COVID-19: NCPCR urges NGOs to stop feeding kids; asks them take children to shelters

Children should not be in the streets right now, they should be in shelters, it said

child-food via Twitter

The National Commission for Protection of Child Rights reiterated its appeal to organisations and volunteers to stop feeding or distributing food to children on the streets. “Children should not be out in the streets right now, they should be in shelters. If organisations are actually concerned for the welfare of these children, they should report their presence on the streets to the authorities,'' Priyank Kanungoo, chairperson, NCPCR, told THE WEEK.

“Social media is full of pictures of people distributing food to children on the streets, this is very wrong,'' Kanungoo said. In a letter to the Delhi district magistrate on April 1, the NCPCR brought to notice a tweet by Save Child Beggar, an NGO, which uploaded pictures of street children being distributed food at various areas in Delhi, “which suggest that there are still many vulnerable children who need care and shelter along with food and other basic healthcare essentials,'' the letter stated.

“No child should be out, either alone, or with family,'' Kanungoo emphasised, and added that anyone who saw a child out should immediately contact the dedicated Childline number 1098 or write an email to

The NCPCR is also trying to get an idea of how many children were part of the migrant exodus and how many of these children are by themselves. “We have written to all the states to compile this data. However, given the present situation, it may not be so easy to get it soon,'' the chairperson added.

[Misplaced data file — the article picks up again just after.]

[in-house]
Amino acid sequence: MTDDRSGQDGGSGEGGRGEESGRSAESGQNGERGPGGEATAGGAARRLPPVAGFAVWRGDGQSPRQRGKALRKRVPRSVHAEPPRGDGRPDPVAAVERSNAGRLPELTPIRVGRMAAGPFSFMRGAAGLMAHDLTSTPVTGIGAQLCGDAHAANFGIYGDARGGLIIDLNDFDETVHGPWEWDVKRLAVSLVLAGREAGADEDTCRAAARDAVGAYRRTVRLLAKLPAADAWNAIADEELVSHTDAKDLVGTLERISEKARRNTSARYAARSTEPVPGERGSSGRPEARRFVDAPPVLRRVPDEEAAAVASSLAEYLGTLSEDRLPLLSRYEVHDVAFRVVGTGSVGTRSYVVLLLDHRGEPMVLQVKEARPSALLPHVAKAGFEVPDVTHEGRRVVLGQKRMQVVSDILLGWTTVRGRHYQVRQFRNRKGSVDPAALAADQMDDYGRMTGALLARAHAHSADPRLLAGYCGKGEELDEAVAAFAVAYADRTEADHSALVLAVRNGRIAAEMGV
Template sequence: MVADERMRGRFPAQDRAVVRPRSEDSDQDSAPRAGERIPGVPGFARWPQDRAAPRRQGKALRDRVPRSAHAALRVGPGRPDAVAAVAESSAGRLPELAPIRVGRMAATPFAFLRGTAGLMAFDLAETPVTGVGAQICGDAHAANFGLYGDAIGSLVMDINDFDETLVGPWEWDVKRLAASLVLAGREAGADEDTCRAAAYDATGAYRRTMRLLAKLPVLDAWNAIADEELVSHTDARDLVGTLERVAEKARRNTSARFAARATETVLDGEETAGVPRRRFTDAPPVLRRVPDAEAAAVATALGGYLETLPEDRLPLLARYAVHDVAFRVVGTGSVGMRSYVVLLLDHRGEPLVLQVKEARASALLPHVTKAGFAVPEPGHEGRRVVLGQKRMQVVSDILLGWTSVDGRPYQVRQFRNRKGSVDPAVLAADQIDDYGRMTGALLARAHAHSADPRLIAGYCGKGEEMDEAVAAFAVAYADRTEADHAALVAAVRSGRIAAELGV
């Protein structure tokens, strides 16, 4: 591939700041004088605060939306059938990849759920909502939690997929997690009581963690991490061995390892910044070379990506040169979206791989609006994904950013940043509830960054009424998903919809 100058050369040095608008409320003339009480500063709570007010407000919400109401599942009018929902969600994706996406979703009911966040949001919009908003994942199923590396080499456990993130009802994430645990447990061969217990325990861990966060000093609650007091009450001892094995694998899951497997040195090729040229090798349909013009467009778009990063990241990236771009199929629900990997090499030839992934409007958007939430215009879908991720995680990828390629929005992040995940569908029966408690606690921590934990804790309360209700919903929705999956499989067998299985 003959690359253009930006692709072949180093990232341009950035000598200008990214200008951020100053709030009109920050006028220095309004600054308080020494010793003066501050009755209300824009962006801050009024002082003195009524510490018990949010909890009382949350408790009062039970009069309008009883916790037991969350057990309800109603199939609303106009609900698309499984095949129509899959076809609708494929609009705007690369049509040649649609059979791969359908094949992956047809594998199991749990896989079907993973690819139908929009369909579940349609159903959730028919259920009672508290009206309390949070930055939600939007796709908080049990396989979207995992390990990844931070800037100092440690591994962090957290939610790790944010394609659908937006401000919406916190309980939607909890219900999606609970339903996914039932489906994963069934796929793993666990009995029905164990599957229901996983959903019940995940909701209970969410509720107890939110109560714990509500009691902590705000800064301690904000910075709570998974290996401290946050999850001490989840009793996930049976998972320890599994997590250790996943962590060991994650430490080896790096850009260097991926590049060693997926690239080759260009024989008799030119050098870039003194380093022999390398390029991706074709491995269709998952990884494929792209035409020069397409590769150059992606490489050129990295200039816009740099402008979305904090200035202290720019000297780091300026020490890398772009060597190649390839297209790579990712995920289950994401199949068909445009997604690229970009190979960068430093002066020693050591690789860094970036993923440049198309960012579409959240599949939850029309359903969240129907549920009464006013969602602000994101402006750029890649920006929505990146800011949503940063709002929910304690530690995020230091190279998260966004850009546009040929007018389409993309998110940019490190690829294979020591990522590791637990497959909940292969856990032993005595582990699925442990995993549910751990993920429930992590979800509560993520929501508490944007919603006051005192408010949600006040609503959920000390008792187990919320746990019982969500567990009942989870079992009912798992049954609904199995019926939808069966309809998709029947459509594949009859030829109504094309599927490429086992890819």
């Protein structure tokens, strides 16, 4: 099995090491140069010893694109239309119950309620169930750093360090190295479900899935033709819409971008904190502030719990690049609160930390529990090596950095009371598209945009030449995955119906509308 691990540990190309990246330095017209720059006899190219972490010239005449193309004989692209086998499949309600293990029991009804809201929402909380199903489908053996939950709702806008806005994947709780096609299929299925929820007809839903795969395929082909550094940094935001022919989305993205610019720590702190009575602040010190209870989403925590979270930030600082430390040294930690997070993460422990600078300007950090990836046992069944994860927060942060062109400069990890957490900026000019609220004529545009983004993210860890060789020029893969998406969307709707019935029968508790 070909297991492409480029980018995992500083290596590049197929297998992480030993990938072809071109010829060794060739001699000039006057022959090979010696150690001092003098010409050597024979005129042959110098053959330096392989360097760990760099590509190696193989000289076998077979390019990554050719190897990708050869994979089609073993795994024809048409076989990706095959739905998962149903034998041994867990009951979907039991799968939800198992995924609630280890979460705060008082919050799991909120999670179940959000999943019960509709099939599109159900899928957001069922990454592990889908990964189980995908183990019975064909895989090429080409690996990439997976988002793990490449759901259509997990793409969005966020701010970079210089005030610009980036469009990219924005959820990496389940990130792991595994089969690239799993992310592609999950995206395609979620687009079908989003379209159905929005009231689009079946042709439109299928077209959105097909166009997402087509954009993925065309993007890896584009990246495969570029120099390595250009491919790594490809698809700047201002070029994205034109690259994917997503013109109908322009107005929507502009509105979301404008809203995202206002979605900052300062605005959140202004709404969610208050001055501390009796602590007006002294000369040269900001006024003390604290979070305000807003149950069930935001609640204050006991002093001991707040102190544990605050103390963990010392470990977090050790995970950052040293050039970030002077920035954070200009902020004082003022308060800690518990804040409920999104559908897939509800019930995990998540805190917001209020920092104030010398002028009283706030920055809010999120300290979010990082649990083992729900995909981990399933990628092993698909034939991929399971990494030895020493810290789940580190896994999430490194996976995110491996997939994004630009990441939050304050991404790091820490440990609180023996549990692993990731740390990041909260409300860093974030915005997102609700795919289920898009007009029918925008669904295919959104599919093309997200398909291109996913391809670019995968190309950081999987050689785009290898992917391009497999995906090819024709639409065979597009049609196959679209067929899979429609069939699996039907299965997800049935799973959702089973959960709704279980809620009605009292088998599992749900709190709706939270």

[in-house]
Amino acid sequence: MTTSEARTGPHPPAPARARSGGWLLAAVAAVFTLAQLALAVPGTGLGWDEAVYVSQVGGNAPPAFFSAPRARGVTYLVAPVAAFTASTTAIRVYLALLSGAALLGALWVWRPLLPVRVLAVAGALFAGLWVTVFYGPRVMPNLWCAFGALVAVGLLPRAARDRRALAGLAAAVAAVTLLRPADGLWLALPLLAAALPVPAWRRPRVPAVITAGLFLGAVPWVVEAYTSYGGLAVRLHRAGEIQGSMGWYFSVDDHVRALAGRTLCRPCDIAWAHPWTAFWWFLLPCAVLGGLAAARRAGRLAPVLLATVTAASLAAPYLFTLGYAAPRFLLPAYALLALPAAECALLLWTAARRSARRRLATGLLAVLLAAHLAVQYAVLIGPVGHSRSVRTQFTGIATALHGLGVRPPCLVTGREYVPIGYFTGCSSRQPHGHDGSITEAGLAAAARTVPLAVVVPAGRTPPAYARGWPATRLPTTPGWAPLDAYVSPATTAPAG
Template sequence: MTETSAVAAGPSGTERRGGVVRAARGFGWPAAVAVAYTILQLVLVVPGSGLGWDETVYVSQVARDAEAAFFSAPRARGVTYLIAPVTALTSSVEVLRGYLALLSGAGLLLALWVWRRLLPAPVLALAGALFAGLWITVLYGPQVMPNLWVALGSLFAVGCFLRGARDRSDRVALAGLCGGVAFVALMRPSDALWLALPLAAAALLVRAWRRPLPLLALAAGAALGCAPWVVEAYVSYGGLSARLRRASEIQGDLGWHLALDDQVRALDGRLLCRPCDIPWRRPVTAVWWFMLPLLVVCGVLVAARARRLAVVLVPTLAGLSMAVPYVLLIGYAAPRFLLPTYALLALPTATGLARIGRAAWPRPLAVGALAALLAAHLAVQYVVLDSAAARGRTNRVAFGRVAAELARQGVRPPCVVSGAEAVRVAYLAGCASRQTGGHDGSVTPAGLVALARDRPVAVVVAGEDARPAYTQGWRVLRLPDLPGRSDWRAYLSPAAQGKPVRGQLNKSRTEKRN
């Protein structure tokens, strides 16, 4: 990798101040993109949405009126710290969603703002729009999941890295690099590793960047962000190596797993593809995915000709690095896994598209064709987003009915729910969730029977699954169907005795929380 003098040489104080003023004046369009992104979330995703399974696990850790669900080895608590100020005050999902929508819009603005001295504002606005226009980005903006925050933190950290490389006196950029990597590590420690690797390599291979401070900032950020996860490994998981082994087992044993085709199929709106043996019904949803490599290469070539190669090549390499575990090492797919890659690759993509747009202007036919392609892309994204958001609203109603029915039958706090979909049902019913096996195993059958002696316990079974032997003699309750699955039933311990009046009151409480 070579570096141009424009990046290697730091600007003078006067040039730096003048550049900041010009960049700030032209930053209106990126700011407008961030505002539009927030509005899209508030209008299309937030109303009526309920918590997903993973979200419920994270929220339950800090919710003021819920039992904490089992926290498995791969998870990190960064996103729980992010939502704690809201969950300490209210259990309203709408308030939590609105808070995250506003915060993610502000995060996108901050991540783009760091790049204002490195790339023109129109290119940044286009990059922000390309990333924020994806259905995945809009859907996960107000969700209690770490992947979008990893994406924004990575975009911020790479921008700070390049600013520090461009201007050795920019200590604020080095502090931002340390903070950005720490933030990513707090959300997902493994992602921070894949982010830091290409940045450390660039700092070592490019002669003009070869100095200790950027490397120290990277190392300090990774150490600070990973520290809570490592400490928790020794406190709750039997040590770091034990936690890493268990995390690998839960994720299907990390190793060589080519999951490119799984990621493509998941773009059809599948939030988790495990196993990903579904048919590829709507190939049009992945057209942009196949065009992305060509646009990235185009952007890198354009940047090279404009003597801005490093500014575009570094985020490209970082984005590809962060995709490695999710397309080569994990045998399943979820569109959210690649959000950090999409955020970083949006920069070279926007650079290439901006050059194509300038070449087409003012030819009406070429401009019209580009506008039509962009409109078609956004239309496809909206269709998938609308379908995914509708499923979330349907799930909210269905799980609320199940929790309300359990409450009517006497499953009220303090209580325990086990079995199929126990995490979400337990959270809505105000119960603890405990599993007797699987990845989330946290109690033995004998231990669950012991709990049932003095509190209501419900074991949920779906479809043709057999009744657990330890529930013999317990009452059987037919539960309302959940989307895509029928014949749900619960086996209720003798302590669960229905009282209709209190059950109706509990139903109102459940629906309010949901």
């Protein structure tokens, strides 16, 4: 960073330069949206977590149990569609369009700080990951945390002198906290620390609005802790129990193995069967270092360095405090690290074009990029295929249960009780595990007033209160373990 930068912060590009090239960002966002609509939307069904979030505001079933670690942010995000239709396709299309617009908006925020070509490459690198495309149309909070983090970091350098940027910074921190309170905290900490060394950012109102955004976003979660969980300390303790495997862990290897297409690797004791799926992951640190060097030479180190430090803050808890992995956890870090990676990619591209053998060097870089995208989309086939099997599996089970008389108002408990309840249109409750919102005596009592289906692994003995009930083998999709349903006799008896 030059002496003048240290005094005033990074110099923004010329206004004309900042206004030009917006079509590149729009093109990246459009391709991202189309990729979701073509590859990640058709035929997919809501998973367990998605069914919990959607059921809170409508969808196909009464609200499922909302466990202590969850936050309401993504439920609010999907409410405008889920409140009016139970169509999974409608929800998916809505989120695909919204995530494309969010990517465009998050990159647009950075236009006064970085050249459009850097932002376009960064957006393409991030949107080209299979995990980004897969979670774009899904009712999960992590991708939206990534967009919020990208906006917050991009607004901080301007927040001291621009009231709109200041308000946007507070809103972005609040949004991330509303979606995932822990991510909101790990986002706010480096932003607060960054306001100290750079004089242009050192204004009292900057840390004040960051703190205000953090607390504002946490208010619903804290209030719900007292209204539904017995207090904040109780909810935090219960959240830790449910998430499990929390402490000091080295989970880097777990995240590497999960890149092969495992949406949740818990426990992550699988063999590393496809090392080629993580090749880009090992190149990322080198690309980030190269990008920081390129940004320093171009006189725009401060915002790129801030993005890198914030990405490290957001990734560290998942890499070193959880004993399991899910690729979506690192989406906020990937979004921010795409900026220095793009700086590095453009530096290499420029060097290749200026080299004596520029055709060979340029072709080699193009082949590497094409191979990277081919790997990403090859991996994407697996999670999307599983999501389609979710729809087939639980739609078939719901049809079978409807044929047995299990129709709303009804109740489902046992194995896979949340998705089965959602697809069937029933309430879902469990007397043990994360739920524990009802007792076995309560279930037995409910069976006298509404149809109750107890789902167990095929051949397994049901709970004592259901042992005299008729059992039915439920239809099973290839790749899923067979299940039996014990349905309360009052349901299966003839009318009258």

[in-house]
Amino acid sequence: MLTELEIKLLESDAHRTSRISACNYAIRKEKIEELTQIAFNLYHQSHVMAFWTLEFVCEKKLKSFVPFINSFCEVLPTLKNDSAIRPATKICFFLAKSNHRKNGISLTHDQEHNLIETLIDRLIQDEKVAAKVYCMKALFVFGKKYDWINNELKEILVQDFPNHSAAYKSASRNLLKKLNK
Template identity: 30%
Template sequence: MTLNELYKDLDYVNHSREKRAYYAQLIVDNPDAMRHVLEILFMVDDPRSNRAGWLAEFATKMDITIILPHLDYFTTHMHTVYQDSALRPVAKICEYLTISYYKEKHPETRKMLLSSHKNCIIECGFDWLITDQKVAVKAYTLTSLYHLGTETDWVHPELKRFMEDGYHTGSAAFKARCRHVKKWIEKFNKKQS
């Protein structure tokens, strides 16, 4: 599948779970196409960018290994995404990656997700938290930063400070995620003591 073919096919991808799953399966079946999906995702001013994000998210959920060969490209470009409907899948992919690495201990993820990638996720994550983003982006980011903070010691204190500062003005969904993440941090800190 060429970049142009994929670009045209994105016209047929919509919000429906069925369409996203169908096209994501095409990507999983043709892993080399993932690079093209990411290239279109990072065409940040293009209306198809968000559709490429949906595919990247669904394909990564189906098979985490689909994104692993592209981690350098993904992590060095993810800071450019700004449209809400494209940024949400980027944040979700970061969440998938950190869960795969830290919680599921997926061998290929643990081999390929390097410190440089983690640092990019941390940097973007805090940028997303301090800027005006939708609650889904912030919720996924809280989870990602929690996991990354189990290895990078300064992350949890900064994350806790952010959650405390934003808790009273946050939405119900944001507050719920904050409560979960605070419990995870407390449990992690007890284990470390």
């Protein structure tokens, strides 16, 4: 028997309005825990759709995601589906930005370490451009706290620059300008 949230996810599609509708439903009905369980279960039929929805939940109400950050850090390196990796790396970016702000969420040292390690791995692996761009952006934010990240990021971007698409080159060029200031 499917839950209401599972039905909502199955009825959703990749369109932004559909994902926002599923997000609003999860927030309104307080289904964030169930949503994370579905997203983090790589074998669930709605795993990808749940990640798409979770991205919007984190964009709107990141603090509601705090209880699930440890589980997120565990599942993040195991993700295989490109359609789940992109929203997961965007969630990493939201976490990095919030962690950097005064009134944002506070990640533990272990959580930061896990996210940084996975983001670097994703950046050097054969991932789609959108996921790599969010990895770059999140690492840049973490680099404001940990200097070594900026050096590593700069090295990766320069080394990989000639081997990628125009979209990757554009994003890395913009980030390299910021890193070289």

Children are a vulnerable group during the ongoing pandemic. Although it has been seen that mortality rates are higher among the elderly, specially those with comorbidities, street children are vulnerable because of their poor nutrition levels. Also, in the present circumstances, they are also vulnerable to a host of crimes that can be committed against them.

The women and child development (WCD) ministry, in fact, has urged parents to take into consideration the impact of the pandemic on the mental health of impressionable minds. It suggests limiting family exposure to news coverage, as children might misinterpret what they hear and get frightened. It also suggests put the news in context for their children.

Meanwhile, Childline has seen a spurt in calls ever since the pandemic started, from children who are quarantined or who feel they may be ill, and want more information.